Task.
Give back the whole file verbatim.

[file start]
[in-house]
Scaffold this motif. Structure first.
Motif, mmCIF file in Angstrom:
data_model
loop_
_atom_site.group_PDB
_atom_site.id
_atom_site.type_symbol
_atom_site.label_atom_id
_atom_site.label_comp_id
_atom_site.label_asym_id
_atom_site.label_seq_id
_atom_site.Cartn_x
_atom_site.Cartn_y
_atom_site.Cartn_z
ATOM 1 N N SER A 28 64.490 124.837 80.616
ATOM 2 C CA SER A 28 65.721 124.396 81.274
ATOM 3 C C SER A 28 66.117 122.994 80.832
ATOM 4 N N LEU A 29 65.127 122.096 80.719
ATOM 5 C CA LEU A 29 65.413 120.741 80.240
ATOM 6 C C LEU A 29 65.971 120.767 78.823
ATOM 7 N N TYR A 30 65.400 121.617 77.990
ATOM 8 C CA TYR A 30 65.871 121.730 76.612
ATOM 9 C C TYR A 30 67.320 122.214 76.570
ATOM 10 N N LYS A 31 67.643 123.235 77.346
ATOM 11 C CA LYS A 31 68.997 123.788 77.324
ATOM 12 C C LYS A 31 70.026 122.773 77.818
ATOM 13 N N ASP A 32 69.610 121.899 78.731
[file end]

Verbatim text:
[in-house]
Scaffold this motif. Structure first.
Motif, mmCIF file in Angstrom:
data_model
loop_
_atom_site.group_PDB
_atom_site.id
_atom_site.type_symbol
_atom_site.label_atom_id
_atom_site.label_comp_id
_atom_site.label_asym_id
_atom_site.label_seq_id
_atom_site.Cartn_x
_atom_site.Cartn_y
_atom_site.Cartn_z
ATOM 1 N N SER A 28 64.490 124.837 80.616
ATOM 2 C CA SER A 28 65.721 124.396 81.274
ATOM 3 C C SER A 28 66.117 122.994 80.832
ATOM 4 N N LEU A 29 65.127 122.096 80.719
ATOM 5 C CA LEU A 29 65.413 120.741 80.240
ATOM 6 C C LEU A 29 65.971 120.767 78.823
ATOM 7 N N TYR A 30 65.400 121.617 77.990
ATOM 8 C CA TYR A 30 65.871 121.730 76.612
ATOM 9 C C TYR A 30 67.320 122.214 76.570
ATOM 10 N N LYS A 31 67.643 123.235 77.346
ATOM 11 C CA LYS A 31 68.997 123.788 77.324
ATOM 12 C C LYS A 31 70.026 122.773 77.818
ATOM 13 N N ASP A 32 69.610 121.899 78.731